Big Idea: The key to surviving our current mess is to pray to God, who is eager to hear from us and to set things right.
In one of my workouts this week, I did an exercise called the Dumbbell Flye EQI. You lie down on a bench, hold a pair of barbells, and then lower them to your side and then hold it for a minute. I set the timer on my phone, and started the exercise. It was fine for a while, and then my arms began to shake, and it seemed like the minute was lasting forever. I eventually gave up and looked at my watch, only to discover that the alarm had already gone off, but the phone was on silent. No wonder it felt like more than a minute. It was. This happened for all four sets, which makes you think that maybe my brain needs even more of a workout than my body.
Sometimes it feels like life is like that. Take a difficult situation — an illness, a crisis, a grief, a trauma. And then hold that position indefinitely. Every time that you think that relief is in sight, it’s not. It goes on, and on, and on. The pain is unbearable, and relief is nowhere in sight. And you thought you were done? Repeat another set. We’re just getting started.
Does that feel a little like your life? I see all kinds of problems around me — family, job, money, mental health, grief. Some of the problems seem like they would be too much even for an moment. And yet these problems seem to go on for years. How can we survive the pain when there seems to be no relief in sight?
That’s exactly the issue that Jesus confronts in the story that we’ve just been reading, and the video that we just watched. The question is: How can we survive the difficulties of life with our faith intact? Like the widow, how can we keep going when things get really hard? This story gives us three insights that help us answer this question.
First, it helps you understand where you are.
When we went on vacation with family, my brother-in-law programmed this GPS with the wrong address. At the end of his trip, the GPS took him down a small, paved road. Then the road turned into an unpaved road. Finally, the road became an even smaller, rougher road, and the GPS said, “You’ve arrived at your destination.” We had picked a gorgeous vacation rental home. My brother-in-law looked around and saw fields. It was far less than he had hoped for. He sat there trying to figure things out, until he realized that he’d entered the wrong address, and they were over two hours away.
During the two hour drive to where they were supposed to be, I can imagine the kids in the car saying, “You said there’d be a pool!” “Where’s the nice house you promised?” “This vacation sucks!” My brother-in-law could have replied, “We’re not there yet! Of course it’s not fun yet. Wait until we arrive.”
In a way, that’s what Jesus is doing in this story. To understand this, we need to see what he was talking about right before he hold the story of the persistent widow and the unjust judge. In Luke 17, the religious leaders were asking him when the kingdom of God would come. The kingdom is what we experience when God is in charge. It’s what it’s like when God runs the show. When Jesus asks when this kingdom would start, Jesus replies, “The kingdom of God is in the midst of you” (Luke 17:21). Jesus is saying that when he came to this world, God’s kingdom came to the world too. In Jesus, God has already begun to set things right again. It’s why Jesus went around healing people and forgiving sins. Jesus has already begun to set things right, and it’s amazing.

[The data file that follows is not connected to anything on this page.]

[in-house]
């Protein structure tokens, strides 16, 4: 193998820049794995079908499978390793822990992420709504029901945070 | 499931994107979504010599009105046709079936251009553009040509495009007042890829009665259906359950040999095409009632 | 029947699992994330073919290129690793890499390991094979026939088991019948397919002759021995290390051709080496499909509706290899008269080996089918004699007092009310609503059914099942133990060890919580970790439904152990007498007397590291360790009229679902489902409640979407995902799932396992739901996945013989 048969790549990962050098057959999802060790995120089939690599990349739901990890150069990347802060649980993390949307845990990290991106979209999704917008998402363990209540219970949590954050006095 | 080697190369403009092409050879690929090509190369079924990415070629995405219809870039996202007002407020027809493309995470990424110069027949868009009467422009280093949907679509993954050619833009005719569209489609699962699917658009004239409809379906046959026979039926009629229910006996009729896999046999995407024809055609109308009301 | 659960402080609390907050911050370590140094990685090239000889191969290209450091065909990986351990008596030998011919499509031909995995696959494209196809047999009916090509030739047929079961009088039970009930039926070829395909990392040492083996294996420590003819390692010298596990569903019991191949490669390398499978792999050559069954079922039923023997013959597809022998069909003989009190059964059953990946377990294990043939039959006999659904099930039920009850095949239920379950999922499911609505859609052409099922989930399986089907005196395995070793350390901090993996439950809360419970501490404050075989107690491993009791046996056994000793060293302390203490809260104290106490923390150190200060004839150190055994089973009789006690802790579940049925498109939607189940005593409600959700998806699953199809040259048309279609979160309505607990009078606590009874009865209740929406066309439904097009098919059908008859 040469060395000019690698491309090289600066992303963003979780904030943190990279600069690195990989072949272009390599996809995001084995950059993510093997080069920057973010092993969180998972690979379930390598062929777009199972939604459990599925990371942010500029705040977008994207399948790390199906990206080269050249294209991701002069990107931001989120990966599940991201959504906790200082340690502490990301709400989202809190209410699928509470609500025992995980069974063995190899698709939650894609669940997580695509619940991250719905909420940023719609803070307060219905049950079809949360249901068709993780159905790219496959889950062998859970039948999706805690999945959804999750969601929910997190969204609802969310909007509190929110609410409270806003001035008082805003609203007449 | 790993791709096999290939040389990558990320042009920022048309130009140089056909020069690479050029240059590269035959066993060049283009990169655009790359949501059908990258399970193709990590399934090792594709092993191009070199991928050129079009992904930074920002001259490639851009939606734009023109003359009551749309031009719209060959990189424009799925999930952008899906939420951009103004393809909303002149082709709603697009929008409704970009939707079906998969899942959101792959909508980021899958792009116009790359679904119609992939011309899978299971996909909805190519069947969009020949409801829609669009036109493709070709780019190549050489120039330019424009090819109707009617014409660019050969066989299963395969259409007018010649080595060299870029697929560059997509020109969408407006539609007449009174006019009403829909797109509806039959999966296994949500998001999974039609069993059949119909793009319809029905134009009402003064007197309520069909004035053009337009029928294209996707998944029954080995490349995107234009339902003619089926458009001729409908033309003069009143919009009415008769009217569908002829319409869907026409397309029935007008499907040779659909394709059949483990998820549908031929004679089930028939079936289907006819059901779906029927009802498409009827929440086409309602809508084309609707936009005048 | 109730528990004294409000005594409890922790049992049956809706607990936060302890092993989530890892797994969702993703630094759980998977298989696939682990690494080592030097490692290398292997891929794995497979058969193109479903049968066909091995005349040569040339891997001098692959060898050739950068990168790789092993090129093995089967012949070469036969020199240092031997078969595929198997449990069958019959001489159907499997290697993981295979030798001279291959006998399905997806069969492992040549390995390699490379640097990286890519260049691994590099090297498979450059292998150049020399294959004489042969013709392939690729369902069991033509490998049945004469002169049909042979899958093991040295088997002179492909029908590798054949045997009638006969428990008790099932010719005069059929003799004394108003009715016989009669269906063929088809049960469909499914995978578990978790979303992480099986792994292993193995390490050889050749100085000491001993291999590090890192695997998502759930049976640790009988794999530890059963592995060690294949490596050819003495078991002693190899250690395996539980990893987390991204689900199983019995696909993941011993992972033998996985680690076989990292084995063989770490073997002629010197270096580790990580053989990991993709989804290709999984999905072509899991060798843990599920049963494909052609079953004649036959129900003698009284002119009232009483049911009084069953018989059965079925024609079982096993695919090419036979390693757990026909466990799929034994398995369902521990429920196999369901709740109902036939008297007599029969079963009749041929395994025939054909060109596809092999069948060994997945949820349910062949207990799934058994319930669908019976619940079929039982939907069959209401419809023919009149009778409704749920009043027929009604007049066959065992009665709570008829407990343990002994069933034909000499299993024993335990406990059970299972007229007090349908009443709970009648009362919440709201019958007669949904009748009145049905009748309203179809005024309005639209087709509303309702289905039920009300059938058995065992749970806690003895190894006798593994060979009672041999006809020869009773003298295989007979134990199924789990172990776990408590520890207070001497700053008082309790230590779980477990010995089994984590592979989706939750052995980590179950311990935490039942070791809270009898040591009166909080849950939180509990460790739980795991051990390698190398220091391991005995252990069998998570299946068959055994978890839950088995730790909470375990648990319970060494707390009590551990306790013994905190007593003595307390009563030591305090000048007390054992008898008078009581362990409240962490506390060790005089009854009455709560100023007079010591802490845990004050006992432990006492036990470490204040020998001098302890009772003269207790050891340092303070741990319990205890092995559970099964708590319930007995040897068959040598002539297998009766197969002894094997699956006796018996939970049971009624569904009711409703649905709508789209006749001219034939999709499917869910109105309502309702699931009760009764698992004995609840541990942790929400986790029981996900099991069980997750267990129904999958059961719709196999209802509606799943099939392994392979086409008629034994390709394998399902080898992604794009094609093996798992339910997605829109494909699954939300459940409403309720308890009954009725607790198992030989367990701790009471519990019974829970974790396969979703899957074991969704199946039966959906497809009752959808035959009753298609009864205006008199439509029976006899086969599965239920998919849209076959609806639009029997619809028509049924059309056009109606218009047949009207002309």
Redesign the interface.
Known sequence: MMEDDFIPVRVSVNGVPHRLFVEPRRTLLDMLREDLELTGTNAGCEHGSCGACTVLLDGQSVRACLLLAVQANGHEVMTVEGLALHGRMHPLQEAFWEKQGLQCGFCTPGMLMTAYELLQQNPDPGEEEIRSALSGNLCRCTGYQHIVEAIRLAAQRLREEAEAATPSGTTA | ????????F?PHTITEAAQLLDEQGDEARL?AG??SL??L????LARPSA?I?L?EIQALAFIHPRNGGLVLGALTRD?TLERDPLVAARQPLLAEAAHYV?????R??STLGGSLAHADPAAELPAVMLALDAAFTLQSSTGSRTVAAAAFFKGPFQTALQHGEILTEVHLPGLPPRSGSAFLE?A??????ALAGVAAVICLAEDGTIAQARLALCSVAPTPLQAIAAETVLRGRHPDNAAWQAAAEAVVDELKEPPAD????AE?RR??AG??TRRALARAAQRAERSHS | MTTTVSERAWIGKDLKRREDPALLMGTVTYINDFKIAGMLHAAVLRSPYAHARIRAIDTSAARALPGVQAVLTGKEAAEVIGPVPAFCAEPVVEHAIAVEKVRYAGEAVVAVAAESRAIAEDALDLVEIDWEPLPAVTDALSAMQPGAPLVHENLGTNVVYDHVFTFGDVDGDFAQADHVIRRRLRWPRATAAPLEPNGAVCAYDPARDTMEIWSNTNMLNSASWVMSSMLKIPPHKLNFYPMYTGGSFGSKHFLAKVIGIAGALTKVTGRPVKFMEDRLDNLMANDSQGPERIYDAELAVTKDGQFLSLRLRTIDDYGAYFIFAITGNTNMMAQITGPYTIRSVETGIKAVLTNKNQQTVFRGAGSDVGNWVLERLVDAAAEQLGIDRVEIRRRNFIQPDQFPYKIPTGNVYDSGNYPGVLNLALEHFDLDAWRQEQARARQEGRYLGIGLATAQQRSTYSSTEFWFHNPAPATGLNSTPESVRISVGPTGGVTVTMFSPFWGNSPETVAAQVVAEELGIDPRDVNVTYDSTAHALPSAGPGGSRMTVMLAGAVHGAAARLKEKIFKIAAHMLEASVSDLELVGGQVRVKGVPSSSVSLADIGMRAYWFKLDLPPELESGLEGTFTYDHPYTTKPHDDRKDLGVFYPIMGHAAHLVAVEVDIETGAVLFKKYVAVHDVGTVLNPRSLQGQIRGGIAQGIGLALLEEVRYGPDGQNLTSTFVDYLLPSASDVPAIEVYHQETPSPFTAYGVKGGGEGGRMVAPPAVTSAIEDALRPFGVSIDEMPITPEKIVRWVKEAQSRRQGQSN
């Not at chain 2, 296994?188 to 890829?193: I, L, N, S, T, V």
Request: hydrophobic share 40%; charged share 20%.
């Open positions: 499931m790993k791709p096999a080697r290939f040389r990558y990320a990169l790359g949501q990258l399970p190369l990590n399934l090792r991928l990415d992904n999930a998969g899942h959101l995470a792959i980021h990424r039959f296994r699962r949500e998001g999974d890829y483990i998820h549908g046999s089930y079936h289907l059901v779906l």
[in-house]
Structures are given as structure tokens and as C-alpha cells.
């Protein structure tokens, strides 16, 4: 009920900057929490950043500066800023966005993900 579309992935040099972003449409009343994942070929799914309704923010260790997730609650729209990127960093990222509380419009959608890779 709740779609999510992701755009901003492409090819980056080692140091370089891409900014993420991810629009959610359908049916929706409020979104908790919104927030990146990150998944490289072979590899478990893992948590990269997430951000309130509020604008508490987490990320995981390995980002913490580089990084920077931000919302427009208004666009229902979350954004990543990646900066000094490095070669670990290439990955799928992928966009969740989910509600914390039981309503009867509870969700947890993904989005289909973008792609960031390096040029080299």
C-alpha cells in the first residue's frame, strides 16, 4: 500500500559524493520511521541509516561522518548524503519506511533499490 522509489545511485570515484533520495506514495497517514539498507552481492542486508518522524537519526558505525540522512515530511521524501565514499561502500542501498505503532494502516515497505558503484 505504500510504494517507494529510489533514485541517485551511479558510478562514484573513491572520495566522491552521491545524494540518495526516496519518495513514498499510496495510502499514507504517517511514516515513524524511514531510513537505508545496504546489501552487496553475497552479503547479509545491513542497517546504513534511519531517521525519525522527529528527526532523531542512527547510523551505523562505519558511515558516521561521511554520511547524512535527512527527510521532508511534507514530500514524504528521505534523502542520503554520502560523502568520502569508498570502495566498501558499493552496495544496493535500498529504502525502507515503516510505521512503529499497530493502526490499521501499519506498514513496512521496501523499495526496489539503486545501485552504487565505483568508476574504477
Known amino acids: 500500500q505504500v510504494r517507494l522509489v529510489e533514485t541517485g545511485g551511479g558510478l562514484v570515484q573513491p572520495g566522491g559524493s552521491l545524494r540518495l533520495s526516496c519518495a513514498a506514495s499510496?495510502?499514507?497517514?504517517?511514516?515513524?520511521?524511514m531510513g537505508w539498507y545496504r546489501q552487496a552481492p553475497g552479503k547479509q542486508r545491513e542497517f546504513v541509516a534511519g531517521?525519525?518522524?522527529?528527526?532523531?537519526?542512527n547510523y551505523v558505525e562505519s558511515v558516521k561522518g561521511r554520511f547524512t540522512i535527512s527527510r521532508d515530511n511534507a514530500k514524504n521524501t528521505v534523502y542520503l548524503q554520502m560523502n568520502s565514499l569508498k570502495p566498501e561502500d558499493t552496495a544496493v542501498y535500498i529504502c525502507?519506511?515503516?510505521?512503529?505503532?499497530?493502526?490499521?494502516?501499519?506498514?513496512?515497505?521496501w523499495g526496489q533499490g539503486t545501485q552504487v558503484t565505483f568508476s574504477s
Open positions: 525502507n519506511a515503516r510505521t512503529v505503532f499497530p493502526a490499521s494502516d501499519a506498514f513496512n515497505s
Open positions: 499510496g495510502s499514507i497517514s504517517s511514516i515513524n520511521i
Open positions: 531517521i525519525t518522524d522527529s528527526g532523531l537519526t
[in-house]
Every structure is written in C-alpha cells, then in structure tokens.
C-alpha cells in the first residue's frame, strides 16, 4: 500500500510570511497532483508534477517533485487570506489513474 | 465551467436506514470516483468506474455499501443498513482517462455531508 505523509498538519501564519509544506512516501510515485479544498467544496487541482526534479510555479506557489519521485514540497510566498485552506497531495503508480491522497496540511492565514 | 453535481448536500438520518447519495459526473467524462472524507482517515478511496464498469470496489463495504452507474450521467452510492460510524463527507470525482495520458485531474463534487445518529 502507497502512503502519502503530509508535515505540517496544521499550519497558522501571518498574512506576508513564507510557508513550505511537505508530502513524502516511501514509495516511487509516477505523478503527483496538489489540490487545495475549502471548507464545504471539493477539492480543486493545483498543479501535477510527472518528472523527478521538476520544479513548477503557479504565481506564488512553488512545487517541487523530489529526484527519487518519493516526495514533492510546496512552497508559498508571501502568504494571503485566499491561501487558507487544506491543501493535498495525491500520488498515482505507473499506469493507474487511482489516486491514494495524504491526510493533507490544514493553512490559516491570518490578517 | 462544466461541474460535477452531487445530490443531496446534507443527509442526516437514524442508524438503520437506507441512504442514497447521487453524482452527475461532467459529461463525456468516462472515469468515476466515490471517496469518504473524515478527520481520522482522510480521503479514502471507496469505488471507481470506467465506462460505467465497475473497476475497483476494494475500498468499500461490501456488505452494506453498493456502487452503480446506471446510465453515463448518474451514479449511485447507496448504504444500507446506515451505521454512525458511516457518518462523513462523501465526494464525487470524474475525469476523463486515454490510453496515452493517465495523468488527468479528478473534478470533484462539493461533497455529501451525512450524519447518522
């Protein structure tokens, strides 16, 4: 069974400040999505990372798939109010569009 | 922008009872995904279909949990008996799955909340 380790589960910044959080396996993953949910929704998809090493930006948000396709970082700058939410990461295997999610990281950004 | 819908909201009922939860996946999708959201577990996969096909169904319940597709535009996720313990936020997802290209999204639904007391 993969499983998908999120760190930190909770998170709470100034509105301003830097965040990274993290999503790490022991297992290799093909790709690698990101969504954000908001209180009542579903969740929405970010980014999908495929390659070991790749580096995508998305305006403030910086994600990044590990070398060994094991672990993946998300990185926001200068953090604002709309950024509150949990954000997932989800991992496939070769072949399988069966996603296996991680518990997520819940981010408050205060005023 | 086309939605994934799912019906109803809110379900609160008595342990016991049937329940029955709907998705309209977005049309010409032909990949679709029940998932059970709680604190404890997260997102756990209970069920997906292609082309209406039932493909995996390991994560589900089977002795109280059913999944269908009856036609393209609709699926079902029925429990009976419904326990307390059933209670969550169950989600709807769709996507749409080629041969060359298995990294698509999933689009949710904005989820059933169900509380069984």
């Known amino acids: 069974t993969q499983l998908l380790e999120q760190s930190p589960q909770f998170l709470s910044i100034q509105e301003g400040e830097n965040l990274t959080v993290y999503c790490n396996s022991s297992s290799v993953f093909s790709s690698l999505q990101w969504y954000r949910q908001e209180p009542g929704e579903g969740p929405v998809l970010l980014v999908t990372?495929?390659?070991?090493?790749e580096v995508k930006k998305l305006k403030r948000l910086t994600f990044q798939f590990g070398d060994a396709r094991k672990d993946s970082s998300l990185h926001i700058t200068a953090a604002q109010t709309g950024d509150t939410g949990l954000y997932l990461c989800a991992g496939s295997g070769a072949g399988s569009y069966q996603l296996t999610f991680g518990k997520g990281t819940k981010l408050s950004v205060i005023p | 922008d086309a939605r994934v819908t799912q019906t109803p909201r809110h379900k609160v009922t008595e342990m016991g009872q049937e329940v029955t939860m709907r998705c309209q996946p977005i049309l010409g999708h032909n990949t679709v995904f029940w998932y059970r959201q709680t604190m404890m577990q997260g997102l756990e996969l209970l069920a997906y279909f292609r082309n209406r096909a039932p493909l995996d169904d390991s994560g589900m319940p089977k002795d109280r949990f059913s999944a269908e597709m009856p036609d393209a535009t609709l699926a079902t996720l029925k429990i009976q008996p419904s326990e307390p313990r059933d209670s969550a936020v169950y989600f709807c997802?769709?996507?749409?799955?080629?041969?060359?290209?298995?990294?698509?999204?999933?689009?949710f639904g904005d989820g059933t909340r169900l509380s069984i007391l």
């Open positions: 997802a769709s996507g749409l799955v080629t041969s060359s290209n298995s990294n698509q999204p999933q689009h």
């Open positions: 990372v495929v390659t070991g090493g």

But have you taken a look around lately? It’s not so amazing. People are still getting sick. Relationships are still breaking part. Crime is still taking place. Injustice still seems to get the upper hand. God still seems distant much of the time. Our prayers still seem to go unanswered, and faith still sometimes seems more like a fairy tale than reality.
Wherever you are in your spiritual journey, isn’t it true that you have questions of God? Isn’t it true that you sometimes struggle with doubts, and that you even have big questions about why God is allowing some things to happen? Why is that? If Jesus said that the kingdom of God is among us, why does it seem like things are such a mess?
That’s the question Jesus is answering with this story. He’s dealing with the seeming contradiction between the fact that the kingdom of God is already a reality, and that things are still such a mess. At the end of Luke 17, he compares our time to the time of Noah. I don’t know if you remember the story of Noah building the ark in the Hebrew Scriptures or not. God told Noah to build an ark, saying that he was going to set things right in the world again. Noah did, but he had to wait a long time for God to set things right. When I say a long time, I’m talking about decades going by. Decades, and then more decades. I have a hard time lining up at Metro sometimes; I’m really not used to waiting for decades. In the meantime, life went on as it always did. People woke up and went to work. They cooked meals and they cleaned up. People were born, and people died. I’m sure that Noah was sometimes confused and impatient during this waiting period — and so are we.